Languages from other parts of our planet have a way of showcasing the different ways that human beings perceive the world around them. For example, it is said that the Inuit people have over 100 words for “snow”. Americans have no need for this many descriptions of snow, and therefore has never needed to create them. When translating words from foreign languages into English, the results can also take a comedic turn. Here are the 10 funniest foreign words with entertaining definitions!
This German word, when translated, means “tooth meat”. Americans on the other hand prefer to use the word “gums”. This is a pretty unsavory way to think of your gums, though the Germans don’t seem to mind. Dentists all over the country will be happy to inspect your tooth meat for the overall benefit of your mouth’s health.
In South Africa, the spoken language of Afrikaans has an interesting take on cotton candy. Spookasem is defined as “ghost breath”. It does seem like an accurate, even poetic, description. Hopefully thinking of their carnival treat as being derived from scary ghosts doesn’t have an adverse effect on the children!
Stinktier, when translated literally, means “stink animal” – and it isn’t hard to guess which creature from the animal kingdom holds this title. Skunks, of course, are the unlucky recipients in Germany, where this word is commonly used.
This word is spoken in Sanskrit, an ancient language from India. It literally means “a desire for cattle”, and is one of their many words for “war”. It is a reference that dates back to the early Aryans, and their tendency to begin wars with the aborigines for the purpose of obtaining their cattle. Used for their milk and their meat, cattle were a valuable commodity that they were willing to kill and die for in ancient times.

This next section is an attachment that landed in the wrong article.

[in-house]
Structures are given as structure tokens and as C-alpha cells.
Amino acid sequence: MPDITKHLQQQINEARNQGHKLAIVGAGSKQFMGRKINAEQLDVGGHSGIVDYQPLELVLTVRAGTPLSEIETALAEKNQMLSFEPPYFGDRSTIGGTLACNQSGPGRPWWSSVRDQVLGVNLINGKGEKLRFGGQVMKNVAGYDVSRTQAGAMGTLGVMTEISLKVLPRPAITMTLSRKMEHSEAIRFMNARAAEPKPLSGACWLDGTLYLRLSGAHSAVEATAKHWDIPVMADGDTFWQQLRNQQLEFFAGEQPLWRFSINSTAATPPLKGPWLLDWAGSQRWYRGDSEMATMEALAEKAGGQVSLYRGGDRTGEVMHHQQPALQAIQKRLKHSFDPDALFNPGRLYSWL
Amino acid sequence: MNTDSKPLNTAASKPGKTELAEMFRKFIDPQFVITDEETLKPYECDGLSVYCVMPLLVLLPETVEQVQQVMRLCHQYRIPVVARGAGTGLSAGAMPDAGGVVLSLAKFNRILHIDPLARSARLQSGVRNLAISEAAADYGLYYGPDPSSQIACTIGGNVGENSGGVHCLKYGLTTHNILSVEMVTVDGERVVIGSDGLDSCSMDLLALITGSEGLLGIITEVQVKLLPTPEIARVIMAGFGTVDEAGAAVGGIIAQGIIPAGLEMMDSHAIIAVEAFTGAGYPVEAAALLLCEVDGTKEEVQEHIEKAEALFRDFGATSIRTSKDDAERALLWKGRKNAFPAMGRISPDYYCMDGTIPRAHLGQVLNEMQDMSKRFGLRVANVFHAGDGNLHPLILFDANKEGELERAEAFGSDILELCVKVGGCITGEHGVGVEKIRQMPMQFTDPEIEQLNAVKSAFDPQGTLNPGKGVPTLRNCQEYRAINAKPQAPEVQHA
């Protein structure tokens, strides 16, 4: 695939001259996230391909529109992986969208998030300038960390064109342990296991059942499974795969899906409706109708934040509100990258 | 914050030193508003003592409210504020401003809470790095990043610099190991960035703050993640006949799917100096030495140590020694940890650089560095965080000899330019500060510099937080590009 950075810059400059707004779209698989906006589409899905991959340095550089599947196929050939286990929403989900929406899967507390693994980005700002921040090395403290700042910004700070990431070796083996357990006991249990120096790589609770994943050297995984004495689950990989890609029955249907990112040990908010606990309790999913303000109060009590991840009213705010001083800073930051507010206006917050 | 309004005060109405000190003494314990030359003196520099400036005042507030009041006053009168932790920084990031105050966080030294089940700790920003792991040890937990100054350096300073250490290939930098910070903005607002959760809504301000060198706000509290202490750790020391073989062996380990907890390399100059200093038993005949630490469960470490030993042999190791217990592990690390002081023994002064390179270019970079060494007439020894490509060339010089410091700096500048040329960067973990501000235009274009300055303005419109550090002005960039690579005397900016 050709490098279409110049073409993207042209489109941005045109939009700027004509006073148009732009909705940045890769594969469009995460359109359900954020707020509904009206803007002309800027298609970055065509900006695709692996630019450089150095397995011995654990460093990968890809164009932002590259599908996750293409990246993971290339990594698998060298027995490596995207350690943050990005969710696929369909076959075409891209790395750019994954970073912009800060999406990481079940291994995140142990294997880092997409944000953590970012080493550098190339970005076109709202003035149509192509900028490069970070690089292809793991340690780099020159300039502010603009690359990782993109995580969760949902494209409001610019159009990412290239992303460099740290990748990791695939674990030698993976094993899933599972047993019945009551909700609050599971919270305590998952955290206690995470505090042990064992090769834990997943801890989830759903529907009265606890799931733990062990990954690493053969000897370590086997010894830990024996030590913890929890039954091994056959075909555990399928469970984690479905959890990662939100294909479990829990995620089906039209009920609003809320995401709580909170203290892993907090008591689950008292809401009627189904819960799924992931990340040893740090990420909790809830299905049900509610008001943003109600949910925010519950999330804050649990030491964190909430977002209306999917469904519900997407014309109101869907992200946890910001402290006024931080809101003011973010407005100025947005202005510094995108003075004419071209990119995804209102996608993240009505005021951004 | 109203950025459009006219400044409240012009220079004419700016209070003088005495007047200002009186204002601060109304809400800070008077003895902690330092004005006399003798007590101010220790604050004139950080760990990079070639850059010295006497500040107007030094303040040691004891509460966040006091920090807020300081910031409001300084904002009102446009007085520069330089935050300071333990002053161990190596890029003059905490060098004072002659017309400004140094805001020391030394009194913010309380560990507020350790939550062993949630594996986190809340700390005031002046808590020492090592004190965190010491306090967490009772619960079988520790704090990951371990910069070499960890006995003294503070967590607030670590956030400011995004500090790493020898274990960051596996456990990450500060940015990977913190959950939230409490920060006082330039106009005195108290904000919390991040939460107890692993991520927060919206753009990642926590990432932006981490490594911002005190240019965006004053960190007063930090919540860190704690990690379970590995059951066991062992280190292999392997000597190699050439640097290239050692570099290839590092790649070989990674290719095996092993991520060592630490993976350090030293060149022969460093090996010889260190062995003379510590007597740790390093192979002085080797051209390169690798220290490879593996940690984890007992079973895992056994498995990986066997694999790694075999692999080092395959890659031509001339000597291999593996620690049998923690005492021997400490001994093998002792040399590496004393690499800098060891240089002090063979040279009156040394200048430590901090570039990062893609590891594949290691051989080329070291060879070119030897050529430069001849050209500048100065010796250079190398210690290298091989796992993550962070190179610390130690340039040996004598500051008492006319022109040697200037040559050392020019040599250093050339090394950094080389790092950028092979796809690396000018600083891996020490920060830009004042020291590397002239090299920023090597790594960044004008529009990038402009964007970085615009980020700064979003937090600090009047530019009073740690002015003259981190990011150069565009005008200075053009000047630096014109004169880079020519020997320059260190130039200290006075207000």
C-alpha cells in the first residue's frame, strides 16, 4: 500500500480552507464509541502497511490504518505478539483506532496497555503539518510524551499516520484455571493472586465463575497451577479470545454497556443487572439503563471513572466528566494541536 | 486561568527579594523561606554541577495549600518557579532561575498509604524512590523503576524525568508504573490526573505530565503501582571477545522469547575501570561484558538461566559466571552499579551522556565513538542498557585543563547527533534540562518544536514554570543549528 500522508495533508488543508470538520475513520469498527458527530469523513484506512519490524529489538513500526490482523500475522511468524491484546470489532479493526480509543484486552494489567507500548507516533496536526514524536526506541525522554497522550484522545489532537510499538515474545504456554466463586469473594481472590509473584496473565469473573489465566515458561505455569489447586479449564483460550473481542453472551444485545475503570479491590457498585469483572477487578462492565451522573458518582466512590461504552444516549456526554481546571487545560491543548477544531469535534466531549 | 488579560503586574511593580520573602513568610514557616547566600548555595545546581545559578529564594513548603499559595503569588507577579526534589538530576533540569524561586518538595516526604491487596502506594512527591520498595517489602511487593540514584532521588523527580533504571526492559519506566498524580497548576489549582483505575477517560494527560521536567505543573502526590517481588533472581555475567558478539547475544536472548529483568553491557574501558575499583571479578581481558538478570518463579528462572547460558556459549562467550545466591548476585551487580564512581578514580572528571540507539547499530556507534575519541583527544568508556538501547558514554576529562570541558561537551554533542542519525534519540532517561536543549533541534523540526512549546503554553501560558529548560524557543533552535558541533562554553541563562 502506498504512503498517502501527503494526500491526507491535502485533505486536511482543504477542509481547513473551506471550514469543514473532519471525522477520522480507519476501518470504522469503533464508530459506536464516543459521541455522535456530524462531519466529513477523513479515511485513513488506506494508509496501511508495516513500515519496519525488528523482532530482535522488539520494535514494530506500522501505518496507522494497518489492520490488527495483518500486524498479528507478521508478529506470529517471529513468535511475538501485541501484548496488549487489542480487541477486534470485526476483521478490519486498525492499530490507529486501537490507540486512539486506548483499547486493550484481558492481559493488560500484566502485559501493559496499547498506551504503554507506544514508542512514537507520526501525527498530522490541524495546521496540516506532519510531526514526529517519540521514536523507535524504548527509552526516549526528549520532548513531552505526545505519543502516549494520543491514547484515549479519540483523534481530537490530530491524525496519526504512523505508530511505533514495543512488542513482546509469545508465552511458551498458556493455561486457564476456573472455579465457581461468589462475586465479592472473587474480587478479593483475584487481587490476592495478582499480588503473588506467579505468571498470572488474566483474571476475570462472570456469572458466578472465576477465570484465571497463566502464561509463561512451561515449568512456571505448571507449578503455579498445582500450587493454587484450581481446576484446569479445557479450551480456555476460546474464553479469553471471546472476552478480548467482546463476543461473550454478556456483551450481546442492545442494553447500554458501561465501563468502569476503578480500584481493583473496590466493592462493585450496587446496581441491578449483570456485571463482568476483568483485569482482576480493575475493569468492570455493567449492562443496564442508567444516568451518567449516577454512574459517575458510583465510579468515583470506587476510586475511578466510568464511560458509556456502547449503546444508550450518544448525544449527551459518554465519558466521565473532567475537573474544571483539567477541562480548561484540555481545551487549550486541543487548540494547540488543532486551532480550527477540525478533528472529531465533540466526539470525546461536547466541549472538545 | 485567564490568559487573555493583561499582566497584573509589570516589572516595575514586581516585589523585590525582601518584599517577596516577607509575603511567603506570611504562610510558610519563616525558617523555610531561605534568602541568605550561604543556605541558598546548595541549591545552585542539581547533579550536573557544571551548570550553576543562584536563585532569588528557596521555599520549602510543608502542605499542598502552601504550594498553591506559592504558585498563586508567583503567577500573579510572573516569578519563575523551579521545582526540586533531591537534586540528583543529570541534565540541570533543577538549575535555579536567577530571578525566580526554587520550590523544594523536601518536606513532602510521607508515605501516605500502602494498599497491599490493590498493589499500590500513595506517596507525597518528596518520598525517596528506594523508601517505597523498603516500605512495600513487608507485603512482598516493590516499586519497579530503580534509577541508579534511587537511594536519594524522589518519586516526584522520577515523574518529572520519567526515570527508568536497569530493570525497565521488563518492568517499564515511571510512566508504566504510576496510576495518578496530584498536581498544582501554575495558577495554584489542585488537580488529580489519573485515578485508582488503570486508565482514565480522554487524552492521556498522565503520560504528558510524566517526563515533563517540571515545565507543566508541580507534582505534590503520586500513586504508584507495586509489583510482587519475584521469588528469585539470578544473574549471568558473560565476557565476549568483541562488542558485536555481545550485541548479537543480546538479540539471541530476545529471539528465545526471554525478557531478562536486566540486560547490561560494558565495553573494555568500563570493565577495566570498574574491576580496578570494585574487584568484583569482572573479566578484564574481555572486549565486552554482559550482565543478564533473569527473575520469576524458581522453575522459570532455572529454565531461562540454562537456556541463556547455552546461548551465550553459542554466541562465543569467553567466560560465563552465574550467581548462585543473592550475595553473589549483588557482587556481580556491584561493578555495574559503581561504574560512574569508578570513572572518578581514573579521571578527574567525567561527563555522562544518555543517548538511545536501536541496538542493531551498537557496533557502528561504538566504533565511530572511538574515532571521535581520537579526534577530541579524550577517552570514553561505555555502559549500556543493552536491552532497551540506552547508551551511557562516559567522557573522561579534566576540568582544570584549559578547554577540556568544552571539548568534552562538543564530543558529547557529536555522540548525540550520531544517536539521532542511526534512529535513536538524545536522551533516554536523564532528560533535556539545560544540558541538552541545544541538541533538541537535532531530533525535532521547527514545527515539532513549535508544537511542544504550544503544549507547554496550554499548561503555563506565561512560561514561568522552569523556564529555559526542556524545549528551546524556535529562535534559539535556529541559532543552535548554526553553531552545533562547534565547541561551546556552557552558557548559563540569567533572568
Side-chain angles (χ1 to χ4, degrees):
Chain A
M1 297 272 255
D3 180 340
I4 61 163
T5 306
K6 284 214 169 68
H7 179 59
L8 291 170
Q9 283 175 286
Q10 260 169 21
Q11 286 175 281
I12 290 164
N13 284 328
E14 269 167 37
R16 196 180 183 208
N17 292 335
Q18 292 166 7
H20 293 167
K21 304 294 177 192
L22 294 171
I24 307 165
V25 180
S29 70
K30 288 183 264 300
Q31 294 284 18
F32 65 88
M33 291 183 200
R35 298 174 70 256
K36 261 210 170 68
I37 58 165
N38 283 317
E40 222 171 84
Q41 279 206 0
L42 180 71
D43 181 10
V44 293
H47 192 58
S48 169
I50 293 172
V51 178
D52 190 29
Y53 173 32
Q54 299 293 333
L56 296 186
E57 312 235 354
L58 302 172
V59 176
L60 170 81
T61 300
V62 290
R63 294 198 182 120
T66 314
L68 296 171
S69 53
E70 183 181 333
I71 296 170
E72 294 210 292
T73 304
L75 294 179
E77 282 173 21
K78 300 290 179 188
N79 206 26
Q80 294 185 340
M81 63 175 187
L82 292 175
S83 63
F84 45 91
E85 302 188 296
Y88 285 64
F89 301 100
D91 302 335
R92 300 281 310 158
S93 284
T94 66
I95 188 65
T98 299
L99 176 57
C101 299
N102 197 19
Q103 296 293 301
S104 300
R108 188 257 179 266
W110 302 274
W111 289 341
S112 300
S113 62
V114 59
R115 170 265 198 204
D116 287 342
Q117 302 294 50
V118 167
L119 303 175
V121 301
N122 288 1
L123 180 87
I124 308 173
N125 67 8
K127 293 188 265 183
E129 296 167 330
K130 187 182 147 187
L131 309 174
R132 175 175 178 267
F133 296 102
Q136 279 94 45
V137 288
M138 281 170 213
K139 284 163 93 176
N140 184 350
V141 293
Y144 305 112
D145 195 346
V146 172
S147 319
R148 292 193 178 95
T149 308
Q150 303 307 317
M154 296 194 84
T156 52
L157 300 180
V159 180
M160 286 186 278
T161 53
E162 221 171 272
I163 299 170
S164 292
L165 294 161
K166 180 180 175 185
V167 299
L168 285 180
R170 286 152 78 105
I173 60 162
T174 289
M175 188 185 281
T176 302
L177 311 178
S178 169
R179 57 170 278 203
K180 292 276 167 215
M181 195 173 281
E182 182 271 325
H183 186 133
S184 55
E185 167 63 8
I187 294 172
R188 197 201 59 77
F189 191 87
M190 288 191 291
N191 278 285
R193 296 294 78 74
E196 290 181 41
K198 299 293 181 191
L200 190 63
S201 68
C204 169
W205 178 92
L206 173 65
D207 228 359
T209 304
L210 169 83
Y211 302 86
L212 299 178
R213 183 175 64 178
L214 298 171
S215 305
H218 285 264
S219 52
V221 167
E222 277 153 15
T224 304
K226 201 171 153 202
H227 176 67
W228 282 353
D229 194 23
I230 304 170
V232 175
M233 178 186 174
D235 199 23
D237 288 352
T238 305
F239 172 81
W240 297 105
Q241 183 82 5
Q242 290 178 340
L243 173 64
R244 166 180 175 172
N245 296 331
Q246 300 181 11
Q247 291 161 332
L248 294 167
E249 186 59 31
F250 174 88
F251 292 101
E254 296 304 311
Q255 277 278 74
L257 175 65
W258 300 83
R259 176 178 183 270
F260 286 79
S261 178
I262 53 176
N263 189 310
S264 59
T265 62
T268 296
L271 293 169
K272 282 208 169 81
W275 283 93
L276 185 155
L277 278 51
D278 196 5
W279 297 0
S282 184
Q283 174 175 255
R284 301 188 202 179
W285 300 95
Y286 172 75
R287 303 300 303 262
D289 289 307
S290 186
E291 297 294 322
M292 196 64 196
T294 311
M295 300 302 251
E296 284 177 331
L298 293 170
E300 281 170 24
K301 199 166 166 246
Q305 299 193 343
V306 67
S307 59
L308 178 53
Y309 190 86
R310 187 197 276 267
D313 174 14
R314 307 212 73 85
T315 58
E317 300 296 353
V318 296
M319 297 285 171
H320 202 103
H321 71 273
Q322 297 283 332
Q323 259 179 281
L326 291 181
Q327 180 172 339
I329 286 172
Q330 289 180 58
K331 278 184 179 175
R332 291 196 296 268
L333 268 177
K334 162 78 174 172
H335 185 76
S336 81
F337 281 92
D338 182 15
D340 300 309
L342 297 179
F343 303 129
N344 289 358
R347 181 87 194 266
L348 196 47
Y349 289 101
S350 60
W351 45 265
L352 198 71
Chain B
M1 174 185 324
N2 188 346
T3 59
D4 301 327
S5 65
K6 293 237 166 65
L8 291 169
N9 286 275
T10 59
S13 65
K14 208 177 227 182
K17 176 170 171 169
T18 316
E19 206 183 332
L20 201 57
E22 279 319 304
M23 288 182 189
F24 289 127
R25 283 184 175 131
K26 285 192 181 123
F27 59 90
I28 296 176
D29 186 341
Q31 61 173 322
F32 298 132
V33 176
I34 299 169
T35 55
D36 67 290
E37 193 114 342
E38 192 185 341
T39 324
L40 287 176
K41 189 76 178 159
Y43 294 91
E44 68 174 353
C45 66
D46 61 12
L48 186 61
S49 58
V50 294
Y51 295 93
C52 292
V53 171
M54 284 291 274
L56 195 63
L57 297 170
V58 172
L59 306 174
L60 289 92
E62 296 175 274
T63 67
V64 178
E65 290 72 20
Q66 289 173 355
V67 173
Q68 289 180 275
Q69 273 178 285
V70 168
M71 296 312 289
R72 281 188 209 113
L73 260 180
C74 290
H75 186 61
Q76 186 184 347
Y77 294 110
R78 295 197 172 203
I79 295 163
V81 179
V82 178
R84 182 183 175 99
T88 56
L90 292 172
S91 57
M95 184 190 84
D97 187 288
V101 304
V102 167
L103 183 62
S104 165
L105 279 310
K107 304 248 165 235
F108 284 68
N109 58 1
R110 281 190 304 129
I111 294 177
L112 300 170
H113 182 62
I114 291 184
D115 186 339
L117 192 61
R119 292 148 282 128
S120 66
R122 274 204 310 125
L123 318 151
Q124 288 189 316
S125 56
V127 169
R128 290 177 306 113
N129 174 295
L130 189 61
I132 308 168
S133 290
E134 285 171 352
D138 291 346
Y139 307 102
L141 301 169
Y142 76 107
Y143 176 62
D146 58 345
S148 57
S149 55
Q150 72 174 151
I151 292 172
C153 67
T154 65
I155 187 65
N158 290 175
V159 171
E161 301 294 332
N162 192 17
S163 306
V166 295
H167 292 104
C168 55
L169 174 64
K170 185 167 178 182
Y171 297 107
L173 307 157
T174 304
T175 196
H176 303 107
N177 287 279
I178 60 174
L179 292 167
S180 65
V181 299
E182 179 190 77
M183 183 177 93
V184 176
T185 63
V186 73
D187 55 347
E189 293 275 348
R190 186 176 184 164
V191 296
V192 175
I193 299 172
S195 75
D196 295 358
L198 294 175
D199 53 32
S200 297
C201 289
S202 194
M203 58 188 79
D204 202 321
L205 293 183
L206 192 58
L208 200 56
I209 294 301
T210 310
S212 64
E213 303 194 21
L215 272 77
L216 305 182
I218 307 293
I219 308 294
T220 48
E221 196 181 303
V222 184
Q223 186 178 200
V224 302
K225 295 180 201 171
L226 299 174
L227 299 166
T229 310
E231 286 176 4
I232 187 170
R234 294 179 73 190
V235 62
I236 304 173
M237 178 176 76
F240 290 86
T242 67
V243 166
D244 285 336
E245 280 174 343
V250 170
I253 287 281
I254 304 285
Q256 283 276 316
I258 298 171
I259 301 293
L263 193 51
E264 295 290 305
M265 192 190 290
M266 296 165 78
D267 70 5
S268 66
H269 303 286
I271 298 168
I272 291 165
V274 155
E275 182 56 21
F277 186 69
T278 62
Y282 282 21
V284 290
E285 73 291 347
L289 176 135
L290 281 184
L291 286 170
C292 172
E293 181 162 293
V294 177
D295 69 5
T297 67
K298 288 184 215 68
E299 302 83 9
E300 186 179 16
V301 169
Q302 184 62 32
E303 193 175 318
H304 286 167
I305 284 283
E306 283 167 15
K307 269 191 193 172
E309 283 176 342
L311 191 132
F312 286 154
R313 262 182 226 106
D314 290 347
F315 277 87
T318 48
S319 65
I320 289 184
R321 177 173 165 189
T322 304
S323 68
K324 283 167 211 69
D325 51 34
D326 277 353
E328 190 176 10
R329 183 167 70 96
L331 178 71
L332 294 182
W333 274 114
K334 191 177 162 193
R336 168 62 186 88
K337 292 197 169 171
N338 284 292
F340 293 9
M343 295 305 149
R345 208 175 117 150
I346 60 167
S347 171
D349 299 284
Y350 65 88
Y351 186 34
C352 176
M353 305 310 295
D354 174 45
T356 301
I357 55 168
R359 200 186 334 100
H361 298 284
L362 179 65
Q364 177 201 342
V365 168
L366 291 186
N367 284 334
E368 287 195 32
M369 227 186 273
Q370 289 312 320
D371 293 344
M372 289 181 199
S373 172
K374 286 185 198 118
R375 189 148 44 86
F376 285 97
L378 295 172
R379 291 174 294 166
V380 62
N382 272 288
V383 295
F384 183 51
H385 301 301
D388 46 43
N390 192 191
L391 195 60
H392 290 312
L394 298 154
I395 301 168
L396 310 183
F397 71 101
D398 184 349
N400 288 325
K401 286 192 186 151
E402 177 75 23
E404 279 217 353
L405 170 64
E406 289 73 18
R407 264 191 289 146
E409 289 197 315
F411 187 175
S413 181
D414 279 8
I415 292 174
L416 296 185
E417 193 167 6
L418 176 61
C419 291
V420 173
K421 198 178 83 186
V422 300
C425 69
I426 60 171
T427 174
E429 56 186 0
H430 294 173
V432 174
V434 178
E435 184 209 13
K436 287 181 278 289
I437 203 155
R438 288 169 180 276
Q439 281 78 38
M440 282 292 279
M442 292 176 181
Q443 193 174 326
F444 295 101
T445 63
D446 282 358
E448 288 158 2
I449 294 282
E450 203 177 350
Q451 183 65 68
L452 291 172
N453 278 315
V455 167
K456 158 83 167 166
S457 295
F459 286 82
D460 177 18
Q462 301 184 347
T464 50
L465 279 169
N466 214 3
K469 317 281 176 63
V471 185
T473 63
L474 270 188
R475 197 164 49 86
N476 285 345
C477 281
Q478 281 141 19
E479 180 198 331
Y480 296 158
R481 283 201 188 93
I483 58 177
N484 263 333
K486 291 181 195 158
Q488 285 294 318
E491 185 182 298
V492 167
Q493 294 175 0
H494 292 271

6. Papier Vampier
Another word from the Afrikaans language that deserves a giggle is “papier vampier”, which translates to “paper vampire”. This cute word for stapler obviously references the similarities between a vampire’s fangs and the two-pronged metal staple.
5. Dedos Do Pe
This word, meaning “toes”, is literally defined as “foot fingers”. It doesn’t take much brainpower to see why this definition actually makes a lot of sense. While this is how the Portuguese have decided to refer to toes, similar definitions can be found in several other languages including Arabic and French.
4. Syut Gwaih
Thinking of a refrigerator as a “snow cupboard” isn’t much of a stretch, which is why the Chinese people who speak Cantonese have decided to name it as such. Perhaps there was a time when they actually used snow and a cupboard to preserve their food – the world will never know. Either way, snow cupboards occupy homes mostly in Hong Kong, where the term is most widely used.
3. Chuột túi
This Vietnamese term for kangaroos translates in English to “rat pocket”. Well known for carrying it’s babies in a fur-lined pocket, it makes perfect sense that this description came to be known. Not to mention, the marsupials do have a likeness to rats, after all.
This German word means “naked snail”. What is a nail without it’s shell? A slug of course, making this a perfect description. Slugs are a nuisance in any backyard, so perhaps the term poking fun at them is a well deserved consequence.
This term, used to describe one who dabbles in public urination, literally translates to a “wild-pee-er”. Some think this may make the unlawful and unsanitary act sound like a whimsical hobby, but the word is an accepted part of the German language.
There are hundreds, if not thousands of foreign words that have quirks and oddities we might not fully understand. Our different environments and experiences have shaped each nation’s traditions, lifestyles, and ultimately their languages. Luckily, humor sees no borders and is a common trait that all humans share, as proven by this list.